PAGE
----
Hello I have a question regarding distributed programming with callable mutable types and how they are handled by workers when used in a @distributed loop. In particular if I have an instance of a callable mutable type (or a mutable “functor” as mentioned in the docs) and a function that passes it into a distributed loop, each worker will receive a copy of the instance and the method tied to it on the function call. Now if I call the function again and pass the same instance of the struct to it (after potentially mutating the values contained within), will a new instance be copied over to each worker, as well as a new function definition or will the old ones passed in the previous call be updated? In other words will my workers have two copies of the object or just one? The situation I described would be the following:
@everywhere mutable struct myStruct
@everywhere (S::myStruct)(i::Int) = S.x[i] + 1
@distributed for i=1:9
ans = s(i)
sinst = myStruct(zeros(3,3))
sinst.x = ones(3,3)
I’m a little unsure how to check all the variables that exist in the namespace of worker threads, so any help is much appreciated.
@distributed does not create global bindings for you automatically, so everytime
@distributed is called, it serializes a copy of
s to each worker, and that is what will be operated on.
If you want a single
myStruct object per-worker, you’ll need to do something like
@everywhere const s = myStruct(zeros(3,3)), and then do something like
global s; ans = s(i) in your
Alternatively, if you don’t want to deal with these annoying remote global-bindings that Distributed encourages you to use, you can use Dagger and do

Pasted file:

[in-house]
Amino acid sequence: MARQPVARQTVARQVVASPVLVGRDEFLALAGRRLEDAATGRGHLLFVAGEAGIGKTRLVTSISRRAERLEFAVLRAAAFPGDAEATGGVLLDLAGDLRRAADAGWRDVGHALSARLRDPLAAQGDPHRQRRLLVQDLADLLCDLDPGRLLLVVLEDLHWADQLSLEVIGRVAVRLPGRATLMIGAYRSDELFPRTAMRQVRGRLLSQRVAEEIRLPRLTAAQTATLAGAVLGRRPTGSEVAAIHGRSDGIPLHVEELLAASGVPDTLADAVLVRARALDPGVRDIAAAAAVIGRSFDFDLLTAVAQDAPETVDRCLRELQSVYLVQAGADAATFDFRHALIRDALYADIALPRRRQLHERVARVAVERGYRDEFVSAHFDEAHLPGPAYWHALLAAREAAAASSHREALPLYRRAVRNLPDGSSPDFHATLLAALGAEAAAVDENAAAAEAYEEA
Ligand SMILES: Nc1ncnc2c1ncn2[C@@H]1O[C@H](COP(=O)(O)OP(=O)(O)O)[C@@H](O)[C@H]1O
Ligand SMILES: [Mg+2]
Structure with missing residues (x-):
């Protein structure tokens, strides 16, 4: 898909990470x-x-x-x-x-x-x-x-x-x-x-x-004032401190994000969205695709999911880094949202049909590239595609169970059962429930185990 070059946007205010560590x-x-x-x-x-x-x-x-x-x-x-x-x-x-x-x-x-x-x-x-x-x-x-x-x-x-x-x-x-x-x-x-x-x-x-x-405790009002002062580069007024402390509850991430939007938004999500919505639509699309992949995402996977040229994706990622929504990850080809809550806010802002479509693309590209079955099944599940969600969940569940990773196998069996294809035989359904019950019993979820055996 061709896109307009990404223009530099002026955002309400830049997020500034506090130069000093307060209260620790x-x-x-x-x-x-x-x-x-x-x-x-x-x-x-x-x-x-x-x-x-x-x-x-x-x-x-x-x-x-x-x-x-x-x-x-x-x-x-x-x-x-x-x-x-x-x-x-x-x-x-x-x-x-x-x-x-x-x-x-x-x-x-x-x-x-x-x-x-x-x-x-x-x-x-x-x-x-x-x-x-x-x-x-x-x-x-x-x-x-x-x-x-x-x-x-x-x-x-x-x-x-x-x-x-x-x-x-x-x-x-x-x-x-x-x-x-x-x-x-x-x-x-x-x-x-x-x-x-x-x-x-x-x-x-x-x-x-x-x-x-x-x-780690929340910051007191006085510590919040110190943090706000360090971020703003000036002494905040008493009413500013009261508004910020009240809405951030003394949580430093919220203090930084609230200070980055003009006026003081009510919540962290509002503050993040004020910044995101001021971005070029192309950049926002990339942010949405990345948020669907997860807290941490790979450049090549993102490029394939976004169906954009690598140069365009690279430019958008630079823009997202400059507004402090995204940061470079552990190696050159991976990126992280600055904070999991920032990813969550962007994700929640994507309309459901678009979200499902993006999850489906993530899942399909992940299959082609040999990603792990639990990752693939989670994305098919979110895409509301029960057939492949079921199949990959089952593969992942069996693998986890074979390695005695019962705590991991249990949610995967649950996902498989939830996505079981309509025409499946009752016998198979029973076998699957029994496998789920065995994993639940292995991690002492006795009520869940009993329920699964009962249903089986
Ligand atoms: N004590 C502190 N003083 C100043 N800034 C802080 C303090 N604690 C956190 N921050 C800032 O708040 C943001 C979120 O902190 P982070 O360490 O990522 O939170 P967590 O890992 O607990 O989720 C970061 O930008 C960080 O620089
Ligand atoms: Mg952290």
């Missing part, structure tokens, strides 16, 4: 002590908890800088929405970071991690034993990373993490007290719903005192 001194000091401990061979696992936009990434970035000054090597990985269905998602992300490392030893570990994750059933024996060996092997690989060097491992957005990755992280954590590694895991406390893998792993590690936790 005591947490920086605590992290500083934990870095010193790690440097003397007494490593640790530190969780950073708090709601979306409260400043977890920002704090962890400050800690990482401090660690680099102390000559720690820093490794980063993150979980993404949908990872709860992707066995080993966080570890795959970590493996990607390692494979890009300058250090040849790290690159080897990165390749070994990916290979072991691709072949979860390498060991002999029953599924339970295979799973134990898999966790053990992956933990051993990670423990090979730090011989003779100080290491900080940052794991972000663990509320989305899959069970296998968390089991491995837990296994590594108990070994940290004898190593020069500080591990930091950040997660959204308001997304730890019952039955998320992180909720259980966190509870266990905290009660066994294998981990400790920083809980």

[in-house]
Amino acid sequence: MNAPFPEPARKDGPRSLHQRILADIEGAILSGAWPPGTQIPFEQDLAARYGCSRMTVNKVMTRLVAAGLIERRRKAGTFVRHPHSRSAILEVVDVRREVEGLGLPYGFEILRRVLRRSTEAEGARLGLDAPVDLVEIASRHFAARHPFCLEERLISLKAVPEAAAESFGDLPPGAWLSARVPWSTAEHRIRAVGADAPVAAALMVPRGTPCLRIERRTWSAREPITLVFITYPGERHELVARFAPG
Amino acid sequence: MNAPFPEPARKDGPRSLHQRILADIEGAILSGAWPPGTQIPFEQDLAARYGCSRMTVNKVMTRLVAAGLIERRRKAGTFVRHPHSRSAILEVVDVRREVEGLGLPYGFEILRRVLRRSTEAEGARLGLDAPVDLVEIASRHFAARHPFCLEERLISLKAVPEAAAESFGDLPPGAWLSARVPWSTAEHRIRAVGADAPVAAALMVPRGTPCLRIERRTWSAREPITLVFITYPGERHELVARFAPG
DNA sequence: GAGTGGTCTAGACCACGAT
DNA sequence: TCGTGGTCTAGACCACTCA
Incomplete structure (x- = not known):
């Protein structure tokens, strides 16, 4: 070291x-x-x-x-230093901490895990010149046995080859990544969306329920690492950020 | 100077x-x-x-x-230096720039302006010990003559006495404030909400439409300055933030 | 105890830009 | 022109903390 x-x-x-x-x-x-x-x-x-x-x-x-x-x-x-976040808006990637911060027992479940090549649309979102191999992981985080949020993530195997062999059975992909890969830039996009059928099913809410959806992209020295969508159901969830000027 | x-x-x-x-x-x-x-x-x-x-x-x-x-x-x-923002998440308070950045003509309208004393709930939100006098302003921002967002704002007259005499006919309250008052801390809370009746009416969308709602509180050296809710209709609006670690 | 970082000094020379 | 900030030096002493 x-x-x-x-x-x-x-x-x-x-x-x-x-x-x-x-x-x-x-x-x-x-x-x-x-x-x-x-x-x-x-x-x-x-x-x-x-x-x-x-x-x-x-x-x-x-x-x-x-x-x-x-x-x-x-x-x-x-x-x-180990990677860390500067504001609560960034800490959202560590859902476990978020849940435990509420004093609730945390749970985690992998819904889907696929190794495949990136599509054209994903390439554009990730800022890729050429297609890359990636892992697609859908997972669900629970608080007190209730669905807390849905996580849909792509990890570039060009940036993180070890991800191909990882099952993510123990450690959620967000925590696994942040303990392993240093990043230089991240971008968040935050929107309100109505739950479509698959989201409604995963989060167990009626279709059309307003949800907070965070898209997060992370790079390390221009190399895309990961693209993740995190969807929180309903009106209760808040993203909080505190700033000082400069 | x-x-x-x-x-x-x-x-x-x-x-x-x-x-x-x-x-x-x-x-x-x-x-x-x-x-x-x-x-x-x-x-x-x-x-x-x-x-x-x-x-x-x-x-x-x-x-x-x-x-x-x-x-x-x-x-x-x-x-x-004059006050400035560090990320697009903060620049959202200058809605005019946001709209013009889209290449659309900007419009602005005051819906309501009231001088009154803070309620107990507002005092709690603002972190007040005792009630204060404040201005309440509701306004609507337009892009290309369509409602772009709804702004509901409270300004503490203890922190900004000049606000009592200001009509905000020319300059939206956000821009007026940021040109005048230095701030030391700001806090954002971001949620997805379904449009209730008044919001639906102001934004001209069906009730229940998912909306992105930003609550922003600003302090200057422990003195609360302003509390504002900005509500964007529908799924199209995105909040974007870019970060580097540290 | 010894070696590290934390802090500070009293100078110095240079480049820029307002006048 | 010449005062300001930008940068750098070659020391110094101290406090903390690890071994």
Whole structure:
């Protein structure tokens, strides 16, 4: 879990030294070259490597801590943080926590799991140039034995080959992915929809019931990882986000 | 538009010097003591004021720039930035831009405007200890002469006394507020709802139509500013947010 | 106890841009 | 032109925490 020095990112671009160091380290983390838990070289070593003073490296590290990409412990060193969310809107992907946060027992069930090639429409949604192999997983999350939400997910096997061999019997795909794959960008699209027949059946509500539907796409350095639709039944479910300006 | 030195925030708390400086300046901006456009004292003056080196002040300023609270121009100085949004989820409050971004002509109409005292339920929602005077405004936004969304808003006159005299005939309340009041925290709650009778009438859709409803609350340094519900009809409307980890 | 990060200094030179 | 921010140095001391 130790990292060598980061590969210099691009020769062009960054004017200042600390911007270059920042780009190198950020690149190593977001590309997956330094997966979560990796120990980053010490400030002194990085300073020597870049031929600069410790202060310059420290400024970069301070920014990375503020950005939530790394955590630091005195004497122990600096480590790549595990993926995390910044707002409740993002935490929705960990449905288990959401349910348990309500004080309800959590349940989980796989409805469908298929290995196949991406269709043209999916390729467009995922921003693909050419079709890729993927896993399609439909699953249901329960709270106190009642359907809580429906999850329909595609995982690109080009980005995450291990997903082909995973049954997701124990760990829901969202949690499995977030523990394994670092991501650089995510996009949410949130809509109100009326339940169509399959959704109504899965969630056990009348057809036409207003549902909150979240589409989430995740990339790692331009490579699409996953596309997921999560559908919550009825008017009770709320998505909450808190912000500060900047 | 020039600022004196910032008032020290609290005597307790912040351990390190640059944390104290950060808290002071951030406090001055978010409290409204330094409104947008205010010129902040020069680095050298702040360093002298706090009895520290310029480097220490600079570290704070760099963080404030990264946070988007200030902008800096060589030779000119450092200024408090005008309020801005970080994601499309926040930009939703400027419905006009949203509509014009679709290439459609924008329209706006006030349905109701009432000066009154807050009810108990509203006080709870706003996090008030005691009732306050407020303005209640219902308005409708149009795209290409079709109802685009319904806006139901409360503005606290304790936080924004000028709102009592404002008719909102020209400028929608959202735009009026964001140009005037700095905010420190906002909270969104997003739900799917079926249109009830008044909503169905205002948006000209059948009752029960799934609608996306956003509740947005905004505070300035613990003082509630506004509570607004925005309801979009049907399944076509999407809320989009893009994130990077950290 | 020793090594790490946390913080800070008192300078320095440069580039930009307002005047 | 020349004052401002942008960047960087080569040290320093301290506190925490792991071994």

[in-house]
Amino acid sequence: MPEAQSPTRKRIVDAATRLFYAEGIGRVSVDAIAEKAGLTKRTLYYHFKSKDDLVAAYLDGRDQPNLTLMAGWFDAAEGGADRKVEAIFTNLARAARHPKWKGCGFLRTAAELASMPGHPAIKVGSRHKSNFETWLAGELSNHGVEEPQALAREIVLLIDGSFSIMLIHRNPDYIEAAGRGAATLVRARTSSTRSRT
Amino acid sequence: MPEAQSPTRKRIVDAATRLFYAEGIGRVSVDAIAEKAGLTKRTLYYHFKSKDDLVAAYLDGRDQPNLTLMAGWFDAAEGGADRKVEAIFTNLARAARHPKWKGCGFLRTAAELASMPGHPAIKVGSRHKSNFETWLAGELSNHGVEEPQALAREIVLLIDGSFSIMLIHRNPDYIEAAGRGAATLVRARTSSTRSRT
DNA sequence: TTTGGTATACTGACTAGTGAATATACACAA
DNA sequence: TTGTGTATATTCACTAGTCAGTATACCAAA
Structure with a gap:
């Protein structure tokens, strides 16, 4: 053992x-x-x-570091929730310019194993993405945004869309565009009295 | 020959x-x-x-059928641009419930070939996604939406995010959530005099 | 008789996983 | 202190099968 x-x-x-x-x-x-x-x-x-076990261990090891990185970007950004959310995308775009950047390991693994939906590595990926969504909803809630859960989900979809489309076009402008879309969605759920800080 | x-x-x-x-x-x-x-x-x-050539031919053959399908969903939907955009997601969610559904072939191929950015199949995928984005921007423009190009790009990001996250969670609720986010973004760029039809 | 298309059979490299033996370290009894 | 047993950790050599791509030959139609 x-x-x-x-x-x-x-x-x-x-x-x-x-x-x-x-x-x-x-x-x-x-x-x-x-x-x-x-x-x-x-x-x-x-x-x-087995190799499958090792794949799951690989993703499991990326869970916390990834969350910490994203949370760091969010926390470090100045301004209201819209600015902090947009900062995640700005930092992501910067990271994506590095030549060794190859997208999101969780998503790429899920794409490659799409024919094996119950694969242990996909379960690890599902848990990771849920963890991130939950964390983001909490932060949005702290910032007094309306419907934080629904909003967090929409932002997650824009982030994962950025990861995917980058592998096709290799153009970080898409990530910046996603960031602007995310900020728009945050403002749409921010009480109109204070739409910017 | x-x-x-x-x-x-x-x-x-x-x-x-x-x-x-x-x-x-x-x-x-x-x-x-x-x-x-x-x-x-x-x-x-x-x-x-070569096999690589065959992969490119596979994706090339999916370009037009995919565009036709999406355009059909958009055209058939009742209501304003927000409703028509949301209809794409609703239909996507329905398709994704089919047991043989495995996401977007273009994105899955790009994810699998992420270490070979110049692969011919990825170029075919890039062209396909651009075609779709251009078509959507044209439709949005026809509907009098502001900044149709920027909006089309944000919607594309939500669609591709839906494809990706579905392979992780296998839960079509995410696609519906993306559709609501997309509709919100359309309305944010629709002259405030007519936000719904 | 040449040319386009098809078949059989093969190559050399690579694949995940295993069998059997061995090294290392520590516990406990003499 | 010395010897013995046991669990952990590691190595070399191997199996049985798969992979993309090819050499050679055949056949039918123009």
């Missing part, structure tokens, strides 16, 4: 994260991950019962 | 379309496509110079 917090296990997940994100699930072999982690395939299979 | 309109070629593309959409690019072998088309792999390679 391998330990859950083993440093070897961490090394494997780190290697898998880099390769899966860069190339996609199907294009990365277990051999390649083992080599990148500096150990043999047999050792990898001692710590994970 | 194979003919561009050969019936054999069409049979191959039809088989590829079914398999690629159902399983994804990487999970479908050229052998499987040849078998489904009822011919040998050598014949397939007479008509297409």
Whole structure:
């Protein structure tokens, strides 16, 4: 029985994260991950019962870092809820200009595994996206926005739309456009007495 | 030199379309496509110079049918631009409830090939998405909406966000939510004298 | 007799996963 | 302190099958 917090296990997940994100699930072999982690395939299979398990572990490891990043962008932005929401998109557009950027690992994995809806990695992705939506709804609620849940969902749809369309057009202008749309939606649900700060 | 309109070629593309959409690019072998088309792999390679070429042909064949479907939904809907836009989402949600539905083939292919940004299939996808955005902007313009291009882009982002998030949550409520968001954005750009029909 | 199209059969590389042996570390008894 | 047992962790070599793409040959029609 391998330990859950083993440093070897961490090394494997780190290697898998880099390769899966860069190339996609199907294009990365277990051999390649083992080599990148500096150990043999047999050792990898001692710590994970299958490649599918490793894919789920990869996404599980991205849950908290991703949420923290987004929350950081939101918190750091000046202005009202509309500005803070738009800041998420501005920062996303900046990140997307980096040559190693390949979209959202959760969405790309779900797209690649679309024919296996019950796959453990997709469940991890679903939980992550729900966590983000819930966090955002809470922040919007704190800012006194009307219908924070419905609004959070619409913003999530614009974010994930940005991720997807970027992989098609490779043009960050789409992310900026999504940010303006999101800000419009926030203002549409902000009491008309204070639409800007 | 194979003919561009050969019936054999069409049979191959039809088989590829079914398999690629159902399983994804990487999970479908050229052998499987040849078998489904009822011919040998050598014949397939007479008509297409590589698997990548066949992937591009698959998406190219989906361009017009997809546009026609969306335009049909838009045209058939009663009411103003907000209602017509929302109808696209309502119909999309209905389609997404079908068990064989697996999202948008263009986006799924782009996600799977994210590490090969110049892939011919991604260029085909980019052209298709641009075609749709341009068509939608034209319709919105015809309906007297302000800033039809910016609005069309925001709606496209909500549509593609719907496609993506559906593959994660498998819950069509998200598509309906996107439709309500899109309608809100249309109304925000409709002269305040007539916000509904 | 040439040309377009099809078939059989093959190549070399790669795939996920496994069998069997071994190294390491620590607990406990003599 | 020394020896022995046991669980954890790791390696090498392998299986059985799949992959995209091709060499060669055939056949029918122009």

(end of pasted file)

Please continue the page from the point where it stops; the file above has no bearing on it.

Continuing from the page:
s = Dagger.@shard myStruct(zeros(3,3)) to create a
myStruct everywhere, and then operate on it asynchronously. We don’t have an equivalent to
@distributed, but you can quite easily write your own.
Thanks for the response, that definitely gives me some insight into how @distributed is working on the backend. As a follow up question, would this be the case for other variables defined within the loop, i.e. would multiple calls of the addone_distributed function where lets say an array is defined in the loop result in multiple arrays getting serialized and pushed to the workers? Could I expect the Garbage Collector to clean up these objects defined in the loop on the workers after the call is finished?
Thanks for the Dagger.jl suggestion though, my problems are all arising in the context of a program running computations on very high-dimensional matrices on an HPC and it seems like we’re running into a number of issues with global variables and lack of garbage collection. It looks like tasks like my own are one which Dagger.jl had in mind when it was designed
If the arrays are defined within the
@distributed loop, they will be allocated directly on the workers (thus, not serialized to the workers), so you will be creating new arrays that the GC (Garbage Collector) will later clear up, assuming you do not keep a reference to those arrays somewhere else.
Feel free to reach out directly or start another Discourse thread to discuss how Dagger might be able to help you solve this problem - probably Dagger’s
DArray would be what you want to use, but we’ll have to see how it behaves with higher-dimensional arrays.